Instituitions Taking Action on Conflicts of Interest:

March 1, 2007 at 1:45 pm Leave a comment

My apologies for the gap in posts…. It was the end of the month and the Vendormate sales team is keeping our calendars booked.

Here are 2 examples of institutions who are devising policies to limit the challenges and problems associated with conflicts of interest.  From gifts to free product samples, these seemingly inocuous vendor incentives can be abused and influence sourcing decisioning.

Henry Ford Health System: New And Strict Vendor Policies Begin Jan. 1

The Henry Ford Health System in Detroit, will no longer accept free gifts, lunches, and other perks from medical sales representatives as part of its initiative to eliminate conflict of interest in relationships between vendors and employees. It’s all part of a trend that may soon be knocking at your door. Henry Ford follows the lead of several other large health systems, such as the University of Pennsylvania, Stanford University, and the University of Michigan, which have all instituted similar regulations. “The implementation of strict vendor policies should be applauded by the hospital industry,” says Norm Werner, FACHE, director of compliance with Continuum Health Partners in New York City.

University mulls banning gifts, changing free sample system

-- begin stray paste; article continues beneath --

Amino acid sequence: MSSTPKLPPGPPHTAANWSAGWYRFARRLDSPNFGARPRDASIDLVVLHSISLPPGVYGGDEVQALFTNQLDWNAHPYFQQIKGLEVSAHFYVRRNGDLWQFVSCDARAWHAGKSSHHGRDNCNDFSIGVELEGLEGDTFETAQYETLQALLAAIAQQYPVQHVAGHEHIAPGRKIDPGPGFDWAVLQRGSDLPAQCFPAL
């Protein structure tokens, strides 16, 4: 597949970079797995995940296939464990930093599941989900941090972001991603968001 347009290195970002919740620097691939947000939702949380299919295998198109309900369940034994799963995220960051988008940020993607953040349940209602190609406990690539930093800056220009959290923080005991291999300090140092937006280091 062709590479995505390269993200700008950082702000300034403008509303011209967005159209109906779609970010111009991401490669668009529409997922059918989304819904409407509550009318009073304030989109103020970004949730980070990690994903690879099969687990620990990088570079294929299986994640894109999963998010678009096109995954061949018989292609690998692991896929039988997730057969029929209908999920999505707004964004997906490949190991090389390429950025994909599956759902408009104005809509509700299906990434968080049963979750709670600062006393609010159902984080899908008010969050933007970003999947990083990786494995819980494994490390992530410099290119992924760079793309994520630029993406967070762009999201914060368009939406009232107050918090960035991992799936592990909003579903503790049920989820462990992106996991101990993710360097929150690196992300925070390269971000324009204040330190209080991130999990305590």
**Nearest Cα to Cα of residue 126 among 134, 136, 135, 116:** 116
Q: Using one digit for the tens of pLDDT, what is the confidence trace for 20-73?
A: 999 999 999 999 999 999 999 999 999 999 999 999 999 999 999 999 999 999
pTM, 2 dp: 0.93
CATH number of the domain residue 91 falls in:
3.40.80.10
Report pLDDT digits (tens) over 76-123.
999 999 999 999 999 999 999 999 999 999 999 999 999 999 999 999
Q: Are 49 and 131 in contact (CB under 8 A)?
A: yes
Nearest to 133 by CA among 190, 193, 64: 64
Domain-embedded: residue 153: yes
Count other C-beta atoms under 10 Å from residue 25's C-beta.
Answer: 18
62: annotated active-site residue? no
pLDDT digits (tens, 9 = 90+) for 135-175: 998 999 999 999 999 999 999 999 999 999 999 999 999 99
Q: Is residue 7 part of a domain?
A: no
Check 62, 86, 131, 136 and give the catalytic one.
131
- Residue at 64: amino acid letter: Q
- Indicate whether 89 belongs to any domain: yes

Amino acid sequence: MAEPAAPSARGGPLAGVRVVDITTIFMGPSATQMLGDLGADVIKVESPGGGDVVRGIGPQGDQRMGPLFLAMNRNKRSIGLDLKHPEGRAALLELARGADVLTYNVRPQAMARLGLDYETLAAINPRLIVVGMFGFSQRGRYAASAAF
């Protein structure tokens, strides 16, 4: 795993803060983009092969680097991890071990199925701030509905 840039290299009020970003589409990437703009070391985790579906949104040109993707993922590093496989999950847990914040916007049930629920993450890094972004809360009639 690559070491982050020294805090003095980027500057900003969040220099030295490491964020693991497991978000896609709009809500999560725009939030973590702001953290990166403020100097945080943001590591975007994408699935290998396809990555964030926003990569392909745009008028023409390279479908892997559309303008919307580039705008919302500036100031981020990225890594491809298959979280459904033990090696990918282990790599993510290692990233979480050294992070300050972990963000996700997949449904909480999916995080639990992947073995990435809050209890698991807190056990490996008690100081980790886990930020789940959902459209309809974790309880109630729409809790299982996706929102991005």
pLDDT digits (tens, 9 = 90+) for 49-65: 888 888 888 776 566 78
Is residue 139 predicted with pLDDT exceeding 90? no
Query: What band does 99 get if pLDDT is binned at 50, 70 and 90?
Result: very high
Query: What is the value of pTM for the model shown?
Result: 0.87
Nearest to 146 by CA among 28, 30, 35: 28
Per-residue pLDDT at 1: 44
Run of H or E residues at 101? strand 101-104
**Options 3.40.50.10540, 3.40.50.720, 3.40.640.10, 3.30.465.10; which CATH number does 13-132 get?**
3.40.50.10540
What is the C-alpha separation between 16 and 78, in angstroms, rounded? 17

Published October 2006

The University of California at Davis Medical Center may become the next major academic medical center to adopt strict rules against conflicts of interest with drug and device manufacturers.

According to the Sacramento Bee, the medical center’s Pharmacy and Therapeutics (P&T) Committee sent the following recommendations to the center’s executive committee:

·  Forbid the center’s physicians from accepting gifts, free meals and payments for travel time or participation in online medical education programs from drug and device-makers.

·  Stop the distribution of free drug samples, but create a voucher system so qualified low-income patients may receive free medications from the manufacturer.

·  Exclude any medical professionals with ties to drug and device manufacturers from committees with purchasing power.

If it enacts the rules, UC Davis will join the medical centers at Stanford, Yale, and Penn in restricting industry’s promotional activities in its hospitals.

According to the Bee, UC Davis P&T committee chair Tim Albertson acknowledges the line between marketing and legitimate physician education can be thin. “What we are trying to do is bring light to the subject. We are not going to be police. But if we, as an institution, make a statement, that has power,” Albertson said in the report.

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